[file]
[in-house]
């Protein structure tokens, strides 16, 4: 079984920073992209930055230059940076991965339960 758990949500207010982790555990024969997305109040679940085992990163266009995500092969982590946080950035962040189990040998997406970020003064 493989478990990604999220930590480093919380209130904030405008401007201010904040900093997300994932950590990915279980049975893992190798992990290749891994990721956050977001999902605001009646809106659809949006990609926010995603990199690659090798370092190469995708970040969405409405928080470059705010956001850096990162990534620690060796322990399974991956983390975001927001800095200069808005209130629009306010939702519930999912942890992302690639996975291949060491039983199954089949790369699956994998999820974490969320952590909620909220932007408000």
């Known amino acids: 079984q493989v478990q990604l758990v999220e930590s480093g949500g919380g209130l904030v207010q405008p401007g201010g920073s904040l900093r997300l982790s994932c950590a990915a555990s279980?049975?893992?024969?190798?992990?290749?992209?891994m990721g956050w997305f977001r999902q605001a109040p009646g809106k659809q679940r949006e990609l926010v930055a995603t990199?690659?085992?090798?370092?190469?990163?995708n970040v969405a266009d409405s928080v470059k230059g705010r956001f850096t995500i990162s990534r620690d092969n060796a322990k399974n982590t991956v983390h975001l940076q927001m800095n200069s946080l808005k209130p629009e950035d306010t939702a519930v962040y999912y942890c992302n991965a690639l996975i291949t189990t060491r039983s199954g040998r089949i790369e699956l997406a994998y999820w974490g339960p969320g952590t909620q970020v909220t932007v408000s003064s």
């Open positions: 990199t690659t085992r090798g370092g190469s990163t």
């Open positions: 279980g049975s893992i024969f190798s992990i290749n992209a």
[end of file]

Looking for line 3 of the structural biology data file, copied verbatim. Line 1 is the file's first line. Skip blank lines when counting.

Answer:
């Known amino acids: 079984q493989v478990q990604l758990v999220e930590s480093g949500g919380g209130l904030v207010q405008p401007g201010g920073s904040l900093r997300l982790s994932c950590a990915a555990s279980?049975?893992?024969?190798?992990?290749?992209?891994m990721g956050w997305f977001r999902q605001a109040p009646g809106k659809q679940r949006e990609l926010v930055a995603t990199?690659?085992?090798?370092?190469?990163?995708n970040v969405a266009d409405s928080v470059k230059g705010r956001f850096t995500i990162s990534r620690d092969n060796a322990k399974n982590t991956v983390h975001l940076q927001m800095n200069s946080l808005k209130p629009e950035d306010t939702a519930v962040y999912y942890c992302n991965a690639l996975i291949t189990t060491r039983s199954g040998r089949i790369e699956l997406a994998y999820w974490g339960p969320g952590t909620q970020v909220t932007v408000s003064s």